Worst to Best
Sidney Poitier Movies

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35 Sneakers (1992)

There's something unsettling about hearing Sidney Poitier, cinematic embodiment of purity, swearing. Free of Eden has him utter a couple of BS, Little Nikita a "shithead", Shoot To Kill a handful of "shits" and an "ass", while A Piece of the Action has an inexplicable "titty sucker". But if you want to watch a film where he knocks out two guards with a rifle butt while shouting "motherfuckers, mess with me, I'll split your head!", then Sneakers is the one. All this said, his first autobiography is half thoughtful philosophy/half F-laden street talk, so it perhaps shouldn't come as such a surprise.
     A box-office hit that celebrates its 25th anniversary this year, the humour involved in Sneakers can seem very glib today, and the surveillance plot does seem dated and frequently contrived. An ensemble picture with Robert Redford as the nominal star, Poitier mixes well with the varied cast, and gets to reprise his acting relationship with River Phoenix after their first work together in Little Nikita.

34 Little Nikita (1988)

The last theatrical film to feature Sidney Poitier as the headlining star, the secondary support in Little Nikita is a 17-year-old River Phoenix. Phoenix was a much-credited actor, Oscar nominated for a supporting role in 1988's Running on Empty. Cult fans may also recall him as the lead in Explorers, or in Stand By Me. Sadly he died of a drug overdose aged just 23. He appears here as the unwitting son of two KGB sleeper agents, in a fairly likeable albeit never quite convincing film.
     One of the highest-ranked of Poitier's post-70s movies, his return to acting does come with the dismaying feeling that he was no longer strictly relevant in the cinematic landscape. Although things hadn't changed so drastically in his absence - there was still only one black actor in the top ten box office - that box office star was Eddie Murphy, a completely different proposition. After Driving Miss Daisy, it seemed that Morgan Freeman took on the very small amount of "elderly black man" roles that Hollywood had available, and Poitier, then his sixties, became confined to television roles.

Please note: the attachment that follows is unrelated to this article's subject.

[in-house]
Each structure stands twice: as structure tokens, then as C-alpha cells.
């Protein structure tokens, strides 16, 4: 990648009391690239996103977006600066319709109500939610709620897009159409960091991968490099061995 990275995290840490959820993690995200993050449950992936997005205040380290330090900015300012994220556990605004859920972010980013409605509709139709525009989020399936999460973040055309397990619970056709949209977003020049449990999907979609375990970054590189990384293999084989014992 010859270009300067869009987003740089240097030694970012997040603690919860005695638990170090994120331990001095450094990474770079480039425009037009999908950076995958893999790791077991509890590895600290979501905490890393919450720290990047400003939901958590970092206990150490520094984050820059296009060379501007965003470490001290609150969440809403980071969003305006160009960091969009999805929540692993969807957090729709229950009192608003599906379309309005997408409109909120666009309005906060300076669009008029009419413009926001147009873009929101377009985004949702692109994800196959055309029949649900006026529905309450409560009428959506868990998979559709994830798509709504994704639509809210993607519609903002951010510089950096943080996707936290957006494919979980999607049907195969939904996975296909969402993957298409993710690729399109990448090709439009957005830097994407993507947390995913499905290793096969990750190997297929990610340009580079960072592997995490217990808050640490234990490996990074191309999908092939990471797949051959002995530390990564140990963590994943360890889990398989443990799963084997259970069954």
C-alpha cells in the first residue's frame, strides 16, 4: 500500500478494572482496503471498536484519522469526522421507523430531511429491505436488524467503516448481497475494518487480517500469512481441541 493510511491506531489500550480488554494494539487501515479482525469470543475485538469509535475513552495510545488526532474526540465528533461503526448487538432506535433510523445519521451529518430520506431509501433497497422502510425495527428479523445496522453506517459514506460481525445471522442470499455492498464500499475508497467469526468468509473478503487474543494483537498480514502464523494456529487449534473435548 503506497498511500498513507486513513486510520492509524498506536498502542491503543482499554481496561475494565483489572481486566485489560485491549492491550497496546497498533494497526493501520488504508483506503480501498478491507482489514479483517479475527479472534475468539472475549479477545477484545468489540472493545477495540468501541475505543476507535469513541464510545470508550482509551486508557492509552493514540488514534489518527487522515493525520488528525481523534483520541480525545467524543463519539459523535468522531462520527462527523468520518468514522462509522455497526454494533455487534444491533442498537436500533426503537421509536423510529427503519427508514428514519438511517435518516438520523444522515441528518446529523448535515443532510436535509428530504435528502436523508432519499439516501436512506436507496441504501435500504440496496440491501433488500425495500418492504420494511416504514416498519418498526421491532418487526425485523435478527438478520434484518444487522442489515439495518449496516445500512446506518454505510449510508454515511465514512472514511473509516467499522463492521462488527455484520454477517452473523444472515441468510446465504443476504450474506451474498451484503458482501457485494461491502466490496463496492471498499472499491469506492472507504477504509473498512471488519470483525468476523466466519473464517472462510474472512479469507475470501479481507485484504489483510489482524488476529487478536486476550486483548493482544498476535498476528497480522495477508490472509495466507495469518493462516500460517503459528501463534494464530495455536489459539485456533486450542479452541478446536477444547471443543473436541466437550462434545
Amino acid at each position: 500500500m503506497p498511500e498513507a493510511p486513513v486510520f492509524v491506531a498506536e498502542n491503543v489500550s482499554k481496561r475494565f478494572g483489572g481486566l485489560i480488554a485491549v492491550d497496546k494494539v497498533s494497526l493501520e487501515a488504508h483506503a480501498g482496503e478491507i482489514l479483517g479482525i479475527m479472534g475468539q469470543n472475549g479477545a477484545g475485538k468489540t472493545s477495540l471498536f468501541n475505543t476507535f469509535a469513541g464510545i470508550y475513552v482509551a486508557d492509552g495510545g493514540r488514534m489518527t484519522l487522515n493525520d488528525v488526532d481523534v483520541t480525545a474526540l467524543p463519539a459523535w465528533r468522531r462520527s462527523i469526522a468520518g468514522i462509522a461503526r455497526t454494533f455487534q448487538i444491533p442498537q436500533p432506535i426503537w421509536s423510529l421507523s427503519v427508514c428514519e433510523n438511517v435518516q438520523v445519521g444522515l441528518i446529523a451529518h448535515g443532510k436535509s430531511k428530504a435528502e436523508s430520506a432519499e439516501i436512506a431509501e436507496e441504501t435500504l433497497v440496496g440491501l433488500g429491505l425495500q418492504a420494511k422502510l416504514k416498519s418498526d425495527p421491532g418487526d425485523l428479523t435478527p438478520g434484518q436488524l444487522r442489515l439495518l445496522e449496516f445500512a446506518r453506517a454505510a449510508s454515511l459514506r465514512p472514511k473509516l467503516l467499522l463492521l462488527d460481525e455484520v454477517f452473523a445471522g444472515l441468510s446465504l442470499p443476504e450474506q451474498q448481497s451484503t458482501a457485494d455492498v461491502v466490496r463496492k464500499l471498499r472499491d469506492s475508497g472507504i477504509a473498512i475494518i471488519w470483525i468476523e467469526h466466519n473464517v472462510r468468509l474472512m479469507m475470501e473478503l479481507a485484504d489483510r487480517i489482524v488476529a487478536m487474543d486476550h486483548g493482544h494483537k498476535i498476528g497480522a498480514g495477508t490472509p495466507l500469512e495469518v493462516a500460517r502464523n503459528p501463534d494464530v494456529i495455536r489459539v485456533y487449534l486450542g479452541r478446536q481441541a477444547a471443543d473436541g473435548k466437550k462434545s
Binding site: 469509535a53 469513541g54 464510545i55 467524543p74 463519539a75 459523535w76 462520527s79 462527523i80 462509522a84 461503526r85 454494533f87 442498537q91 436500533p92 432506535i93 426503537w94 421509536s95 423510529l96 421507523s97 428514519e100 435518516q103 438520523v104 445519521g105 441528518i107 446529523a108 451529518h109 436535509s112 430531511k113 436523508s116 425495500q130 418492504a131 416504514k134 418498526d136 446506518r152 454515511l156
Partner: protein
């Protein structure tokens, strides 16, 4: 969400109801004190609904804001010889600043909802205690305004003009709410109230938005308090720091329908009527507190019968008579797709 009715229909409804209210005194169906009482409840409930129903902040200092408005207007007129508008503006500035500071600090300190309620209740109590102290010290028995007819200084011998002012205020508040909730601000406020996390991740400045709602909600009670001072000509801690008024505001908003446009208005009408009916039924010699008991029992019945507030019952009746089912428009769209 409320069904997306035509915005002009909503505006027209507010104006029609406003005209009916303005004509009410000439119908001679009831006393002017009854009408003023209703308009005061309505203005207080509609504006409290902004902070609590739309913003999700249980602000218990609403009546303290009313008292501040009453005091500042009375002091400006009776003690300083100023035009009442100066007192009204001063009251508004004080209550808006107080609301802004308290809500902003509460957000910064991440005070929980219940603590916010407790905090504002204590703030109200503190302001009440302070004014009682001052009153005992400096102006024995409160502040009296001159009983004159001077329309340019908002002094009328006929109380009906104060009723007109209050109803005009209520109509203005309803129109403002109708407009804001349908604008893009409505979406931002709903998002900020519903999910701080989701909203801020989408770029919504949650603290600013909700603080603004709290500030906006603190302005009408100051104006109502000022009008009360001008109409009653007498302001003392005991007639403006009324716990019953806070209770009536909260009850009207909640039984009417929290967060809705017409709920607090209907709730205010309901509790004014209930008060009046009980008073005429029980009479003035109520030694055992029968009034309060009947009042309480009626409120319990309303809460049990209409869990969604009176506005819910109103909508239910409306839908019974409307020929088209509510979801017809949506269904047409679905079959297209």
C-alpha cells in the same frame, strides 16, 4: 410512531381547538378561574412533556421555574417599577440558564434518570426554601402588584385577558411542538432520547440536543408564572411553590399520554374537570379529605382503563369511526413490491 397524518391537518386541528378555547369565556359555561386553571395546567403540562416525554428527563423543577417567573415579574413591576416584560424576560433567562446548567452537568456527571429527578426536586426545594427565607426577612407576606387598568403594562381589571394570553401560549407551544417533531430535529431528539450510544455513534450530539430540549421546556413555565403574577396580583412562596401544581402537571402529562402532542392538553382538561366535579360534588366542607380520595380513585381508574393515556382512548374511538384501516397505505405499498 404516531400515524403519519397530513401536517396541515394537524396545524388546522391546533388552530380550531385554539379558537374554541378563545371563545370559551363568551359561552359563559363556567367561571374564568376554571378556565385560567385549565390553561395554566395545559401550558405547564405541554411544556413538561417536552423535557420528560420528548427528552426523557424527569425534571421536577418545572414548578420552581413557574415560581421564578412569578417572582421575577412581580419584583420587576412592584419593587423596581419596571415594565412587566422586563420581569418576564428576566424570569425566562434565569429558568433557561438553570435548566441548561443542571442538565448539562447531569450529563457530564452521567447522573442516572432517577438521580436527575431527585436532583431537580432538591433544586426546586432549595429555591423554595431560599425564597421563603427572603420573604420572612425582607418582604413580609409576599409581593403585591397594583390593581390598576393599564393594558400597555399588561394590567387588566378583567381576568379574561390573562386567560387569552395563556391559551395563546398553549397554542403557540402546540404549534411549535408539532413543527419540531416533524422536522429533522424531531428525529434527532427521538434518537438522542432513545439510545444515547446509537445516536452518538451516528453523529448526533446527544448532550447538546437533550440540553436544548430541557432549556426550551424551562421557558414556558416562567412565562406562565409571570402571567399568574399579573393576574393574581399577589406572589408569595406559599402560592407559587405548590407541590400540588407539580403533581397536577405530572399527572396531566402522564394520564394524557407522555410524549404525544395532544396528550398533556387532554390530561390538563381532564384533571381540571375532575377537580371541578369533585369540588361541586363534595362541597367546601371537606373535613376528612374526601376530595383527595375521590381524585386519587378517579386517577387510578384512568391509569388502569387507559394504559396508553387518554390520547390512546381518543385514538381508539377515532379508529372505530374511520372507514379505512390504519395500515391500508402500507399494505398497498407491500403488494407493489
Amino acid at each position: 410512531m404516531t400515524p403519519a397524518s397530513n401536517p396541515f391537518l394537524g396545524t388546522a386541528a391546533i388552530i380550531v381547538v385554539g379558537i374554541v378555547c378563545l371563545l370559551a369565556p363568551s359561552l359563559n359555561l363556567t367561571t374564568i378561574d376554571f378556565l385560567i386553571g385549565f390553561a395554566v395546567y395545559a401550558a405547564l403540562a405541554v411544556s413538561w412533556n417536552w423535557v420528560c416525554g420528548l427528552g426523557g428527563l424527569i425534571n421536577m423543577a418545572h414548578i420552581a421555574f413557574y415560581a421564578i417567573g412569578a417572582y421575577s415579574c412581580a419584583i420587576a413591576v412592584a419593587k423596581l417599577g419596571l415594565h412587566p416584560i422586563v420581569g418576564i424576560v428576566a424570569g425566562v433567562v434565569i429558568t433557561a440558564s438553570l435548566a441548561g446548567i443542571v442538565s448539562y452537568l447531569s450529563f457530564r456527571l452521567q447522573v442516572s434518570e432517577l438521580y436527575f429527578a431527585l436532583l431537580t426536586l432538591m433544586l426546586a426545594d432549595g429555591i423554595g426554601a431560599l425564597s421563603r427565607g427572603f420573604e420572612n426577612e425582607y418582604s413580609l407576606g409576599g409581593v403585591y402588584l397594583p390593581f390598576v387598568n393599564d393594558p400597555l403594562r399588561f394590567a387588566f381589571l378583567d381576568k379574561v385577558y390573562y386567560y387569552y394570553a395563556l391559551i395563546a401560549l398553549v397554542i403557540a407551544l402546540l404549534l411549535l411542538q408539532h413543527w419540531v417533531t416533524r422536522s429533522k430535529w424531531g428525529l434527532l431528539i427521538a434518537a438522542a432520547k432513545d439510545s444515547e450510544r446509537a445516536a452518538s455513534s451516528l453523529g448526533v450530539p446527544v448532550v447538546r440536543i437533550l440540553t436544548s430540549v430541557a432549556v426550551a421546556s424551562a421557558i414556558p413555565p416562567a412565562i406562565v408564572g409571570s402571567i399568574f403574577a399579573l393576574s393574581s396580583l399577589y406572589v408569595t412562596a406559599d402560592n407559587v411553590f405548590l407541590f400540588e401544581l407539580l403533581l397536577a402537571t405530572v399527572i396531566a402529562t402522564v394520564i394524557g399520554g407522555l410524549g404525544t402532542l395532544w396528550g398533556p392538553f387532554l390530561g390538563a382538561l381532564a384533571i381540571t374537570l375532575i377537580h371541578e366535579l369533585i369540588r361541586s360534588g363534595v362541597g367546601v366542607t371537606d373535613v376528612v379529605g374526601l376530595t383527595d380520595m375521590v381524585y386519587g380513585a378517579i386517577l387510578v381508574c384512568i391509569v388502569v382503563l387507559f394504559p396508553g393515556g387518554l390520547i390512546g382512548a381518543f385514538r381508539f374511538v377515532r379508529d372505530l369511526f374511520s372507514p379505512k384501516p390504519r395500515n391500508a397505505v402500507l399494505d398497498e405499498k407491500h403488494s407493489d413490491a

33 The Mark Of
The Hawk (1957)

Cheaply made and often badly staged, The Mark of the Hawk is nevertheless a worthwhile venture despite its failings. With its wordy script, in some hands it can seem poetic, notably Sidney's, yet in lesser hands it can seem leaden, ham-fisted and trite. Certainly David Goh was unlikely to take any Academy Awards for his work here, and he's not alone. Parts of the film look like one of the best dramas Poitier was ever involved with... other parts look like an amateur home movie.
     The film begins with an air of sophistication, but the longer it runs, the more it starts to unravel. Poitier's intelligent militant African Obam begins to turn his back on the idea of independence when he learns of the love of Jesus, the film's concept of exploring all sides of the argument evaporating for a syruppy get-out. While many of the themes are looked at from a mature perspective, the film's tagline "Against Voodoo Fury... The Flame of Faith!" was something which set out to unintentionally undermine it.
     We go from a manor house party with elegantly crafted lines and gradually descend through the ranks of amusingly kitsch flashbacks, all the way down to Eartha Kitt deciding to make this political message film a light musical. Ultimately The Mark of the Hawk goes from a lesser-known gem in Sidney's career and down to something of a missed opportunity.

32 Sepia Cinderella (1947)

A likeable jazz comedy that includes a bizarre cameo from child star Freddie Bartholomew (as himself), Al Young questionably playing a "Chinaman" and ex-Ink Spots singer Deek Watson with his soundalike band, the Brown Dots. Acting is variable, and there's nothing particularly groundbreaking here, but at 70 minutes it makes pains not to outstay its welcome.
     Sidney's involvement comes with an uncredited cameo as an extra in the nightclub, his first role in the movies after acting on stage. After this he appeared in a non-acting role in the 1949 army training documentary From Whence Cometh My Help, before beginning his acting career proper with 1950's No Way Out.

31 Band of Angels (1957)

Band of Angels had a negative critical response upon its release, and it's hard to defend it against much of the criticism. Starring Clarke Gable as Hamish Bond, a man who owns slaves, but treats them with dignity and kindness, it drew unfavourable comparisons to his most famous film of Gone With The Wind. Poitier plays Rau-Ru, a slave Bond treats like a son, but who he resents anyway because he can never have his freedom. However, the main plot is the daughter of a wealthy plantation worker, Yvonne De Carlo (aka Lily Munster), who finds upon her father's death that her mother was, as unlikely as it seems, black, and that she too is now a slave. Bond buys her to spare her indignities, but she resents him until an unlikely love affair blossoms. As Gable was over twenty years older than De Carlo, it can be an unsettling experience.